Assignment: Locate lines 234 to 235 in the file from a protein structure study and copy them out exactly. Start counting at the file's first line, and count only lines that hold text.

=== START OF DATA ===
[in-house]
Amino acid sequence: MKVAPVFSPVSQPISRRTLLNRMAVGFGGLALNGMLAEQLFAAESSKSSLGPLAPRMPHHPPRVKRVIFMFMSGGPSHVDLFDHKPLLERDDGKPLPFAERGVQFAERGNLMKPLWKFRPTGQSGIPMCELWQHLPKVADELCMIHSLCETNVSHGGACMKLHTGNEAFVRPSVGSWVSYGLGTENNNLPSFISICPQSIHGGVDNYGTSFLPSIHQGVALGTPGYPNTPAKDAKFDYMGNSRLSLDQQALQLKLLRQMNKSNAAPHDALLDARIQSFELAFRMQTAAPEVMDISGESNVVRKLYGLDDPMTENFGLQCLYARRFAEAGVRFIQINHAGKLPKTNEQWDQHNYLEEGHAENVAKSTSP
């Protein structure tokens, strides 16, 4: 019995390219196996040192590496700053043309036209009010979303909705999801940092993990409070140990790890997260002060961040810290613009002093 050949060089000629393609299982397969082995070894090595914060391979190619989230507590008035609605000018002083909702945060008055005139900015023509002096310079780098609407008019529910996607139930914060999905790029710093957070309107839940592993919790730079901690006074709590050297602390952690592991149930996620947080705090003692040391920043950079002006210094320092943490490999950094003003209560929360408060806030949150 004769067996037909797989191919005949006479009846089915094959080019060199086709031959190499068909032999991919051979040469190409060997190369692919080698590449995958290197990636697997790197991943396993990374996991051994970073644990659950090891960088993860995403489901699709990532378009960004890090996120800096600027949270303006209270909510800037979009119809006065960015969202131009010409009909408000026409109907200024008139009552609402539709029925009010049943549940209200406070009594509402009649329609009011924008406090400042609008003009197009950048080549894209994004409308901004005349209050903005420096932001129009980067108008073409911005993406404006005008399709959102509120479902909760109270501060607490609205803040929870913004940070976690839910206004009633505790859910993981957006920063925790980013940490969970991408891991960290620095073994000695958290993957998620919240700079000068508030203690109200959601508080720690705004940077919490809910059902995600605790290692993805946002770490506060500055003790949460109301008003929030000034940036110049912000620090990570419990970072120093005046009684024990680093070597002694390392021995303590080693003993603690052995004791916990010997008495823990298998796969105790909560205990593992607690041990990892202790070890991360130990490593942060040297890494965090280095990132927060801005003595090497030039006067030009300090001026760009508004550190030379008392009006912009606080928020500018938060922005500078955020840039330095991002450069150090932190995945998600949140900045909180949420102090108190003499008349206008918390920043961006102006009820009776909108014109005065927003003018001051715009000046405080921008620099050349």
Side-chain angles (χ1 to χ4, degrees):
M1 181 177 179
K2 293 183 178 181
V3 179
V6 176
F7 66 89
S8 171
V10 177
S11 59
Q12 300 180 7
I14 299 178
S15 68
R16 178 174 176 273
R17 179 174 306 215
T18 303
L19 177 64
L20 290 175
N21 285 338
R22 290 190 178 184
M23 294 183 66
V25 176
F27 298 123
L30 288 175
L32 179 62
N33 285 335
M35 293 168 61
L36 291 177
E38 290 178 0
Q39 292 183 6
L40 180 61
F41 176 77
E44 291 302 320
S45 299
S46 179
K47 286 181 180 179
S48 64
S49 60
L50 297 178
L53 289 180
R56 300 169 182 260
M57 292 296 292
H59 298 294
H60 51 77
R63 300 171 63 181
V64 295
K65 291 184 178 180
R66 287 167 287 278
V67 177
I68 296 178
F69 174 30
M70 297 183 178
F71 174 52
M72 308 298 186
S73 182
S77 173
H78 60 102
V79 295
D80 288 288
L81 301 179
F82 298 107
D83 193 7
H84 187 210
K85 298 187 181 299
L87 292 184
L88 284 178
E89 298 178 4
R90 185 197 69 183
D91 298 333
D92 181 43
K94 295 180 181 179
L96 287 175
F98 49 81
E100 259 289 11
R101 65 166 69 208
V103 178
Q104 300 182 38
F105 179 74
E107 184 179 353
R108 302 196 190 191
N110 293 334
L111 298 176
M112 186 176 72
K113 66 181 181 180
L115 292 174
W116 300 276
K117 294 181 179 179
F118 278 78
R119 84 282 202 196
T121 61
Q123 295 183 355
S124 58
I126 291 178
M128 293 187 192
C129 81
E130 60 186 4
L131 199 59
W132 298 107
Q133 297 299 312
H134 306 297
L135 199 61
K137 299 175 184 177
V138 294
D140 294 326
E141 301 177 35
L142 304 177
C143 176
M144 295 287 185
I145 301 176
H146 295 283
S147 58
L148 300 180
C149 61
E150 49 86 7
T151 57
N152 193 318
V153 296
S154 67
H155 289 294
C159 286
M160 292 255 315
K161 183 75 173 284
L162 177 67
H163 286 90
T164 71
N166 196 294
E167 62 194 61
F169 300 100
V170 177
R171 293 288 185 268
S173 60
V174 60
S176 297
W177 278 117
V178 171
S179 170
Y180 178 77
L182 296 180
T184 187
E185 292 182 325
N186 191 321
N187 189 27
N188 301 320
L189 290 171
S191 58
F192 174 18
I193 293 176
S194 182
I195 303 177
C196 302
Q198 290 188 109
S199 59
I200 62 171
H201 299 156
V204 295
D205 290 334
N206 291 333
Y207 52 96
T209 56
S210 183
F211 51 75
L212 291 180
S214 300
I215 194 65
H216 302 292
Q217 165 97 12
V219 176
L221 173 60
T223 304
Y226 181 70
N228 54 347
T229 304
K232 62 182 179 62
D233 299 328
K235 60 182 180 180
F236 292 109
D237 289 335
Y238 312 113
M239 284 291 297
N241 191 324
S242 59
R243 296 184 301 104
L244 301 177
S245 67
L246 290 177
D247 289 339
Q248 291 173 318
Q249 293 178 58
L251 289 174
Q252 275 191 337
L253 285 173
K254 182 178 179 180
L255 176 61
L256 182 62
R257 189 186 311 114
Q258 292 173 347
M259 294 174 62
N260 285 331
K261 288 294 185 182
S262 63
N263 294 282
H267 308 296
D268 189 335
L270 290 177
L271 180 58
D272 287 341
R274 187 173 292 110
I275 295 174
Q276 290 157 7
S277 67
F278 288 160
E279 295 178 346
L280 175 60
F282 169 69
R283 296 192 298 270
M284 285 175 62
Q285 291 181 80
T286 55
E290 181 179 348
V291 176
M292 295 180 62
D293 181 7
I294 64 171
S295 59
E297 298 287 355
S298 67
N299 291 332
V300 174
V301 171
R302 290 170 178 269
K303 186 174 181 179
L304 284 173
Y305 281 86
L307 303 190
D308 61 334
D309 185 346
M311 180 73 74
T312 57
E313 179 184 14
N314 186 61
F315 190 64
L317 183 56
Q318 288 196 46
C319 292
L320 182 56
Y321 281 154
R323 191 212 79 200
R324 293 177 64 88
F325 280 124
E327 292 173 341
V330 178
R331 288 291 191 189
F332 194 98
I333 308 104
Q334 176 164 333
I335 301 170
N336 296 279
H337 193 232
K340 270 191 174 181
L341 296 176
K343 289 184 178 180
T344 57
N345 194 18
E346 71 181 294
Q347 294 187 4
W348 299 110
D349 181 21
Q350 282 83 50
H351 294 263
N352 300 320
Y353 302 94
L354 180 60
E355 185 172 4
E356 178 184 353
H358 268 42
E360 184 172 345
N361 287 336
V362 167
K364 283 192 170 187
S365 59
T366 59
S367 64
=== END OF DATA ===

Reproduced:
L304 284 173
Y305 281 86